Sergei Skripal requires live-in nurse after novichok attack, says daughter

Ex-Russian agent now needs a tracheal tube to breathe, Yulia Skripal tells cousin

Adam Forrest
Wednesday 02 December 2020 12:49 GMT
Two Russian nationals identified and charged in relation to Salisbury attack

A former Russian spy who was poisoned in the UK by the nerve agent novichok has a live-in nurse and still requires a breathing tube, his daughter has reportedly said.

Sergei Skripal and his daughter Yulia were poisoned with the nerve agent in the English city of Salisbury in March 2018.

Yulia Skripal told her cousin Viktoria she had fully recovered from the poisoning, but that her father was still “in a tight spot” as he continues a long recovery from his near-death experience, according to Russian newspaper Moskovsky Komsomolets.

The transcript of the conversation first published by the newspaper showed the poisoned pair live in separate flats due to the pandemic, with Ms Skripal saying of her father: “He feels fine but I don’t see him because of the lockdown.”

The former Russian agent had a tracheotomy following the attack and now uses a tracheal tube to breathe, she added.

Mr Skripal’s niece Viktoria confirmed to The Daily Telegraph she received a phone call from Yulia Skripal last month with an update on her uncle’s condition.

The Skripals survived the 2018 attack, but the incident later claimed the life of Dawn Sturgess after she came into contact with a perfume bottle believed to have been used in the attack before being discarded.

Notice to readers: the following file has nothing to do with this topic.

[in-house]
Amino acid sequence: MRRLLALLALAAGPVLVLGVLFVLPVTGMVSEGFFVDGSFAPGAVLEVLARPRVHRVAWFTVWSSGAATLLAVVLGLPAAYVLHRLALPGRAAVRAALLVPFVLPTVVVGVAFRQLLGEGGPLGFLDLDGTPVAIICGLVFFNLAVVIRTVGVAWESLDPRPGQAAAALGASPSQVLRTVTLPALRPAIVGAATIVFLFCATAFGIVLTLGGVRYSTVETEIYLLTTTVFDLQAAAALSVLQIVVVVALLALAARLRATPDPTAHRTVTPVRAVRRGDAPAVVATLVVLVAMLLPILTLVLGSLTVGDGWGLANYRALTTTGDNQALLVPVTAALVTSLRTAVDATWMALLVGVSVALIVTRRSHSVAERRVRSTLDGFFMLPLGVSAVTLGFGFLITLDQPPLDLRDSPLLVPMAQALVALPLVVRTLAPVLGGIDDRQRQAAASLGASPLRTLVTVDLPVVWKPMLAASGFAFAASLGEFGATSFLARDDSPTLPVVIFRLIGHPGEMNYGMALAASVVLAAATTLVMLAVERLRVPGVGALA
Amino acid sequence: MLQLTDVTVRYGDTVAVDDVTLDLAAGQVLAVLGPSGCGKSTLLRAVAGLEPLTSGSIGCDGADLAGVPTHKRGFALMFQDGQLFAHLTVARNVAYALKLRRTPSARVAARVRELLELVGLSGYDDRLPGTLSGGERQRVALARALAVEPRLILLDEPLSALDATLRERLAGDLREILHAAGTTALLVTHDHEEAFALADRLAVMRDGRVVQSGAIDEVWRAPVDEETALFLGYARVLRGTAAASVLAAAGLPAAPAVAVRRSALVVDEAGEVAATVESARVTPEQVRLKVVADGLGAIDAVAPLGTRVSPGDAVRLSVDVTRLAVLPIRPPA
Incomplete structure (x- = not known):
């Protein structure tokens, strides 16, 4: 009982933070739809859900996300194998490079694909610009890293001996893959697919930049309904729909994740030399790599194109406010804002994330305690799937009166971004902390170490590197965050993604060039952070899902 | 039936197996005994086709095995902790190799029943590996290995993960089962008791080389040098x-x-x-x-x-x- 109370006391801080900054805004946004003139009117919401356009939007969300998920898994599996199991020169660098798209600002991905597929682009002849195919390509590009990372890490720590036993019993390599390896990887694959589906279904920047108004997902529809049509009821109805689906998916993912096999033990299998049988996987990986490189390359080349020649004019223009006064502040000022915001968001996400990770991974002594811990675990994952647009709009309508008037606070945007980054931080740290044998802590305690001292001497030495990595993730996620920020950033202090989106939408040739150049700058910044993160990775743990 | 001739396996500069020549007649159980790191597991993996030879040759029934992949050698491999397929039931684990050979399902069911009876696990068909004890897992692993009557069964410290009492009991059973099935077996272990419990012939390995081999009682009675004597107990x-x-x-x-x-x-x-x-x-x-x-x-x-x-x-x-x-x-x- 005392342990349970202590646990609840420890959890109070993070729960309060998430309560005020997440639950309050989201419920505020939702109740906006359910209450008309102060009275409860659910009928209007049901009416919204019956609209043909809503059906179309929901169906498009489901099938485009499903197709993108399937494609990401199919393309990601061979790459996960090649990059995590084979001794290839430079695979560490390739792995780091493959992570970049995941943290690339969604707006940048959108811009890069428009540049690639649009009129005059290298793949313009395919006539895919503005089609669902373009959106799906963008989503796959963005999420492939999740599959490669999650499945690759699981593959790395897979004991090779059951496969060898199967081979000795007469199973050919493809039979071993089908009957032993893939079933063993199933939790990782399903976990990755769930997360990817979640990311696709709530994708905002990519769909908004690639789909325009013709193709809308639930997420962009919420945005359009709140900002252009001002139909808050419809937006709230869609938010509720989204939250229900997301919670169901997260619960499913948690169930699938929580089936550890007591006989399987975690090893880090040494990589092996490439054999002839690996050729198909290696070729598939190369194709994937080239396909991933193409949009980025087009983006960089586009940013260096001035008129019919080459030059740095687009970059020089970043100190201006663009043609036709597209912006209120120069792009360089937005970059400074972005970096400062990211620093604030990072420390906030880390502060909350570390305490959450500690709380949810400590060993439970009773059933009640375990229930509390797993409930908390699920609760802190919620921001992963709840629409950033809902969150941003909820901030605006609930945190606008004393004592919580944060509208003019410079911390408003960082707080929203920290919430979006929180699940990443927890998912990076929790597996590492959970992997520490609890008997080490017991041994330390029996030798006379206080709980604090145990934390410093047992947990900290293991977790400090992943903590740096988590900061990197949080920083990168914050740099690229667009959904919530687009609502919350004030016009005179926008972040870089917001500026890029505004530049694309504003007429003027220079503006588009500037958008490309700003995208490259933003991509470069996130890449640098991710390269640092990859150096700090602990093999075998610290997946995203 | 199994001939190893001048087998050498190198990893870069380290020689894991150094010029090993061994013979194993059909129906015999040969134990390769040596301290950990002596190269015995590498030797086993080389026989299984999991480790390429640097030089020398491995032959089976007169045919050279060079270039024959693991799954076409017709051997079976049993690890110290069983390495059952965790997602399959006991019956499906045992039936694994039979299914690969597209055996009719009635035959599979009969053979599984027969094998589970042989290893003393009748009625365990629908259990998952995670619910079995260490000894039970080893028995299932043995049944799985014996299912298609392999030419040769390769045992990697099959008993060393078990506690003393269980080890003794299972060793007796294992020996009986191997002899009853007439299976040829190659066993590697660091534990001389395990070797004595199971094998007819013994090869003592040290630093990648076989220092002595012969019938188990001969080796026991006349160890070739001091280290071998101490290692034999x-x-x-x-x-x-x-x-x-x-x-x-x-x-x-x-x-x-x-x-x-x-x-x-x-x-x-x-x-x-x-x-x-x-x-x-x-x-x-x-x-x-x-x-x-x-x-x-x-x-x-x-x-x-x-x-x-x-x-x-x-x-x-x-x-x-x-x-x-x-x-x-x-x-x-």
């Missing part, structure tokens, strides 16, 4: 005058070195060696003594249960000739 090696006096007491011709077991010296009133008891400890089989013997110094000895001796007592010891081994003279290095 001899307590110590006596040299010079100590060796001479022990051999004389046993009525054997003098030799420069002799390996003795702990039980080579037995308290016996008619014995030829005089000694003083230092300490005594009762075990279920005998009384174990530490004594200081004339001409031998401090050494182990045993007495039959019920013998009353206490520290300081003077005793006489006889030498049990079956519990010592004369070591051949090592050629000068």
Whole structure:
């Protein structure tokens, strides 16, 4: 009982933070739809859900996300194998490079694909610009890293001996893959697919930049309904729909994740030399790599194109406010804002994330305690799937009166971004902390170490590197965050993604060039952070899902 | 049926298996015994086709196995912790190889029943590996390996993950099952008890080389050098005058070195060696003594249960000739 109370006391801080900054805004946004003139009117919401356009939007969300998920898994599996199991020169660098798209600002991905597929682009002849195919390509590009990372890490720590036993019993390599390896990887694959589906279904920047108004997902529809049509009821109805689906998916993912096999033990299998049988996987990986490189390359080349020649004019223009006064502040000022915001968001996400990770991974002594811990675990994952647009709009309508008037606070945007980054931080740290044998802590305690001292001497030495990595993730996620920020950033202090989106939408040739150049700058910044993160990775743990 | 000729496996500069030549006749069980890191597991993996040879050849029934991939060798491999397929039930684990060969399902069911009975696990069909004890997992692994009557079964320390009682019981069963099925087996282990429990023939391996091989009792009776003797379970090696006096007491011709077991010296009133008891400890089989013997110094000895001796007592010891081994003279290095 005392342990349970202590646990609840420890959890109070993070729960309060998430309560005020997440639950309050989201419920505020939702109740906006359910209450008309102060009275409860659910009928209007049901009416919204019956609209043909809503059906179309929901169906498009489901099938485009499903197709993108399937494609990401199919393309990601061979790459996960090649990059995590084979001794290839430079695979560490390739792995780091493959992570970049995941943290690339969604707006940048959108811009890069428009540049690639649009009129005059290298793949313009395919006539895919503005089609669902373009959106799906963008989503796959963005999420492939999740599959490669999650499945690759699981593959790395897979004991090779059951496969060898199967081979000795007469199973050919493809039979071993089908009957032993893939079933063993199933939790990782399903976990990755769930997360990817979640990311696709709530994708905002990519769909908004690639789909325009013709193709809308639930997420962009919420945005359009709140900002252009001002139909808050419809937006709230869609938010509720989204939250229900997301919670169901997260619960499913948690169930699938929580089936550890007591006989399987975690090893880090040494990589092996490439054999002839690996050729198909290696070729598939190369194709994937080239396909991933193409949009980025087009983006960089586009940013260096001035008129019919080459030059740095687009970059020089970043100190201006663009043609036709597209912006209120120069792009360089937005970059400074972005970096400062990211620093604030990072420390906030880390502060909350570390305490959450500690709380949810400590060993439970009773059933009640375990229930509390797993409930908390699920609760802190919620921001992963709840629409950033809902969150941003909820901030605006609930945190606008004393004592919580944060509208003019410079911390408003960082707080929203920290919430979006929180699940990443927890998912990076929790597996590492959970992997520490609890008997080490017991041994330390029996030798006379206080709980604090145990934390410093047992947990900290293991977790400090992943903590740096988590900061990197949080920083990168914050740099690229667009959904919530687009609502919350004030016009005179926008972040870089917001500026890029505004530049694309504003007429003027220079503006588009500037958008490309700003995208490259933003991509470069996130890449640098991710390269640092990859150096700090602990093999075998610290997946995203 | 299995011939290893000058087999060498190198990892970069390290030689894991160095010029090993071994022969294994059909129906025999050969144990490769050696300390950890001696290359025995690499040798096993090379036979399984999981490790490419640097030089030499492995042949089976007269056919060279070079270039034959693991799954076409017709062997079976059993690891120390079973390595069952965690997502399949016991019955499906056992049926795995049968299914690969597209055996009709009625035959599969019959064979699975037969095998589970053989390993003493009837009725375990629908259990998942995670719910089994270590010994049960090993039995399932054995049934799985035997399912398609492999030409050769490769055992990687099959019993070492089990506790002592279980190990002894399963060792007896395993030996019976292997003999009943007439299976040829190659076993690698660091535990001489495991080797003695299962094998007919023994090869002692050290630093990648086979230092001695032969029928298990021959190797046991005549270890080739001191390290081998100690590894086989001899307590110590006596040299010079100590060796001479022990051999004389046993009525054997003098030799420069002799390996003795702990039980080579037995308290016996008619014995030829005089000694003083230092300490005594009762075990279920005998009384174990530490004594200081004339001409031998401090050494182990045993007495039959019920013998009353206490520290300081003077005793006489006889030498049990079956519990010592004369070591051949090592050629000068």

Her partner, Charlie Rowley, was left seriously ill but recovered. The flat where Ms Sturgess was fatally poisoned was demolished in late October.

Two Russian nationals have been accused of travelling to the UK to try to murder Mr Skripal with novichok. The suspects, known by aliases Alexander Petrov and Ruslan Boshirov, were seen on CCTV footage in Salisbury the day before the attack.

Alexander Petrov and Ruslan Boshirov

Moscow has repeatedly denied any involvement, with Vladimir Putin claiming the two suspects were civilians.

Opposition leader Alexei Navalny, who is recovering in Germany after being poisoned in Russia by a nerve agent in August, accused the Russian president of being behind the attack.

Earlier this week a group of 56 nations issued a statement as the start of the annual meeting of the OPCW's member states urging Moscow to disclose “in a swift and transparent manner the circumstances of this chemical weapons attack.”

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